One of the objections this author has about this is that if the speed of gravity is equal to the speed of light, then how do explain the seemingly instantaneous gravitational influences between objects? If two stars are revolving around each other, at each instant each star influences the other's orbit. If gravity travels at some finite speed, the speed of light, there would be a time lag in communicating this information. In other words, how quickly one star recieves updates of information of how to accelerate through space has an effect on its orbit. Orbits become unstable if forces propagate with finite speed.

If gravity propigates at finite speed, its effect from one star would reach the other star at a place behind the 2nd star's current position, as the 2nd star is always in motion and would continually be ahead in space of the gravitional information sent from the other star.

How do binary pulsars anticipate each other’s future position, velocity, and acceleration faster than the light time between them would allow?

Another point is, in the rubber sheet analoby of the curved space description, if we place a ball in a stationary position on the curved rubber sheet, what induces it to begin rolling down the curvature if gravity is curved spacetime and not a force? It would seem to me the ball would continue to just sit there without some force acting upon it to induce it to roll 'down' the curvature. Physicists explain it as "it just does", or it rolls down because this phenomenon is included in the GR theory.

So, there is the Standard Model which is generally accepted, but the SM is not 100% complete, and I think there can be legitimate objections to it, or parts of it.
Actually, I did read a few more parts of it. And I'm sorry, but I don't have the time right now to comment on everything you've just raised but I will touch upon this one thing: "Another point is, in the rubber sheet analoby of the curved space description, if we place a ball in a stationary position on the curved rubber sheet, what induces it to begin rolling down the curvature if gravity is curved spacetime and not a force? It would seem to me the ball would continue to just sit there without some force acting upon it to induce it to roll 'down' the curvature. Physicists explain it as "it just does", or it rolls down because this phenomenon is included in the GR theory.

That's not at all as difficult to deal with as one might think. It's because gravity IS a force and it's that force which warps space-time AND produces the gradient that attempts to pull the ball "downward." So it's far from being a case of "it just does" - it fits perfectly with known and understood laws of physics. No magic there.
Have you ever seen a film of a bridge vibrating due to the resonating of the structure of the bridge with the wind and the bridge colaspes. Where is the curved space in that. It is an example like a singer breaking a glass. It is a function of Harmonic resonation ( Gravity wave synchronization) I know you don't like it or will admit it but your challange has just been answered in a non curved space answer.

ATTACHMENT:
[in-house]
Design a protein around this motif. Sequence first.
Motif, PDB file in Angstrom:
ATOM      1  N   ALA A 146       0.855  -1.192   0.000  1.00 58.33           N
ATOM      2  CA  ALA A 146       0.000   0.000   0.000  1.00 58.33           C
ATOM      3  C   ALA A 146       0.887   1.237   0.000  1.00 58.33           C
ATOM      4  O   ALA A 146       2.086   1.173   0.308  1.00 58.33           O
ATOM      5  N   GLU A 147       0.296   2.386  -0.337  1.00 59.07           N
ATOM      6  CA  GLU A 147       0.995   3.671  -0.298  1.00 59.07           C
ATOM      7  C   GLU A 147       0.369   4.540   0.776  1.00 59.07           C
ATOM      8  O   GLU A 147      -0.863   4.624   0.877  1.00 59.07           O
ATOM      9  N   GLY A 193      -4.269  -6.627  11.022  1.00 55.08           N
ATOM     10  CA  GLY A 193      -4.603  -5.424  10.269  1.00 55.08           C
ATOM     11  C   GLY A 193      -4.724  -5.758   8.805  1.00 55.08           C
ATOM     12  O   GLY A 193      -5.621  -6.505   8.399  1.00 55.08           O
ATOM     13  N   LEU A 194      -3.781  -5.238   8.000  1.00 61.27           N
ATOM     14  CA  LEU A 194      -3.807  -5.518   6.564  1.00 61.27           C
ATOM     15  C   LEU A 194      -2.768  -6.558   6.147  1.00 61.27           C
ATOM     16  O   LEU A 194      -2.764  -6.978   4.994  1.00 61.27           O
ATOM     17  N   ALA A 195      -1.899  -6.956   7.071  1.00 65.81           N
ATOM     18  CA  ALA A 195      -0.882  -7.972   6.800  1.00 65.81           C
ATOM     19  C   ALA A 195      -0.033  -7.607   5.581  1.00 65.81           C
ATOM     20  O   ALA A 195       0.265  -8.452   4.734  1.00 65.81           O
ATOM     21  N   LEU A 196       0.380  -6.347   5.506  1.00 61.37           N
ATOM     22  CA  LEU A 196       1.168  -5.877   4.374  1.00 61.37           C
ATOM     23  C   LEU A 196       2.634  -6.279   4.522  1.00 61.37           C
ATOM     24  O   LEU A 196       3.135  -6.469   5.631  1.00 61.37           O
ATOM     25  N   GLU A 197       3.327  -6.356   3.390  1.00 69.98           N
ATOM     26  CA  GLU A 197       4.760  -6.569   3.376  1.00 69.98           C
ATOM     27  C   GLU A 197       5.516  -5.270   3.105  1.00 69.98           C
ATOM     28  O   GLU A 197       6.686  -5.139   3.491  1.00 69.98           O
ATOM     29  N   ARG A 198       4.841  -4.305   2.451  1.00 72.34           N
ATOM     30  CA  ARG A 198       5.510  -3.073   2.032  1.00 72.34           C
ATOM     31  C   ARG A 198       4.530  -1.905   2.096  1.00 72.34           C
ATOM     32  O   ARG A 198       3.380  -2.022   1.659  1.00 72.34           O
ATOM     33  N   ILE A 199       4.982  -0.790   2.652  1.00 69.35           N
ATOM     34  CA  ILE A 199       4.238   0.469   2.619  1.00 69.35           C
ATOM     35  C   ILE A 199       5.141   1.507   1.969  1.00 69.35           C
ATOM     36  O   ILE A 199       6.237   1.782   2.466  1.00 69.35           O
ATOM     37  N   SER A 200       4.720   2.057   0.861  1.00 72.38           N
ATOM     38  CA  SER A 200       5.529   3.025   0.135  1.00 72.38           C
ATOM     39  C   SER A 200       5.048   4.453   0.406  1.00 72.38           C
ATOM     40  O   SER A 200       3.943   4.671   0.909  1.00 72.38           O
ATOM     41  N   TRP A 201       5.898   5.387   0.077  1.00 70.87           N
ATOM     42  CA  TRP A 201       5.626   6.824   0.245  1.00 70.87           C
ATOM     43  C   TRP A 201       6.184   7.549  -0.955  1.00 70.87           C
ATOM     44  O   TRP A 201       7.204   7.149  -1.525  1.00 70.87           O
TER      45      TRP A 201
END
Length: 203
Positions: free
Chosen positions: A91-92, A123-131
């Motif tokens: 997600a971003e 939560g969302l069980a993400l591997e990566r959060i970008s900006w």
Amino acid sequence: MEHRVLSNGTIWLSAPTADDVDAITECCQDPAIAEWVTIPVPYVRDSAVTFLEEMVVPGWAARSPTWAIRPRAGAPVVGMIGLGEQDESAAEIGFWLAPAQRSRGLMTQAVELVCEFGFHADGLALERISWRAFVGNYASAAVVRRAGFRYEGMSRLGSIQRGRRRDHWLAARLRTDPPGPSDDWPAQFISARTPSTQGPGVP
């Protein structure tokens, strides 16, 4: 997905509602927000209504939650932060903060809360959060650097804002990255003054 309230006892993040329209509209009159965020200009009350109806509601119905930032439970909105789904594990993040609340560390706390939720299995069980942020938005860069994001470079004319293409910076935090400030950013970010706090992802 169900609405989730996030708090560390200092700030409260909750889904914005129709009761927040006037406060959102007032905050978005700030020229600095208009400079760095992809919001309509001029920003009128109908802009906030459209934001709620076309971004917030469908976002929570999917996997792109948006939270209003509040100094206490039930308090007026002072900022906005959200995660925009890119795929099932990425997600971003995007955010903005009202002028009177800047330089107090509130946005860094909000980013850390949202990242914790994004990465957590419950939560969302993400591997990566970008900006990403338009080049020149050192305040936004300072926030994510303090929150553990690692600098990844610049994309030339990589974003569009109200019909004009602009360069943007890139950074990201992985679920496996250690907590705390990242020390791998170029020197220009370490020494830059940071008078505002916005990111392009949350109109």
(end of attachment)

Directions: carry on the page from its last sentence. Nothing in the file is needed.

19. Dr. C Michael Turner,
Ok, I'm beginning to understand your concept of gravitational wave synchronization.

20. Originally Posted by Dr. C. Michael Turner
Have you ever seen a film of a bridge vibrating due to the resonating of the structure of the bridge with the wind and the bridge colaspes. Where is the curved space in that. It is an example like a singer breaking a glass. It is a function of Harmonic resonation ( Gravity wave synchronization) I know you don't like it or will admit it but your challange has just been answered in a non curved space answer.
Now that's just plain silly! Neither of those shows any such thing as you are claiming. (And yes, I've seen the film of the Tacoma Narrows bridge many times.)

It certainly does have to do with harmonic resonation (no capital "H" required, by the way) but your claim about gravity waves in those cases are rather ludicrous. They are the result of physical (mechanical) vibrations and nothing more.

An afterthought: I can't even believe you would try to use those examples. Sorry, but you've answered nothing and only dug yourself into an even deeper hole than before.

21. Originally Posted by "Dr. C. Michael Turner
Have you ever seen a film of a bridge vibrating due to the resonating of the structure of the bridge with the wind and the bridge colaspes. Where is the curved space in that. It is an example like a singer breaking a glass. It is a function of Harmonic resonation ( Gravity wave synchronization) I know you don't like it or will admit it but your challange has just been answered in a non curved space answer.
So what are you trying to say with this illustration? Are you saying that a gravity wave caused the the bridge failure?

22. The problem with the bridge analogy is that we're assuming there is a medium for the wave to vibrate in already (the bridge, in this case). How would a gravity wave travel through empty space?

23. Originally Posted by X=
Originally Posted by "Dr. C. Michael Turner
Have you ever seen a film of a bridge vibrating due to the resonating of the structure of the bridge with the wind and the bridge colaspes. Where is the curved space in that. It is an example like a singer breaking a glass. It is a function of Harmonic resonation ( Gravity wave synchronization) I know you don't like it or will admit it but your challange has just been answered in a non curved space answer.
So what are you trying to say with this illustration? Are you saying that a gravity wave caused the the bridge failure?
You can't be this slow, please look at the principles.

24. Originally Posted by kojax
The problem with the bridge analogy is that we're assuming there is a medium for the wave to vibrate in already (the bridge, in this case). How would a gravity wave travel through empty space?
You seem to have an open mind, at least not judgemental and that I thank you.
Anyhow I define nothing as non-existence so empty does not mean anything to me. I believe space is something let me be traditional and call it an ether. But I believe it is generated from with in all matter as a point of origin, matter to energy transfer into wave form, the gravitational wave. The basic unit if space unfolded, generated soon after the big bang and continues to be generated by all matter. The area of continously generated gravitational wave is space and the unfolding of the gravitational wave is the essence of time. The Universe is finite and unwinding to an end to the story. My opinion alone.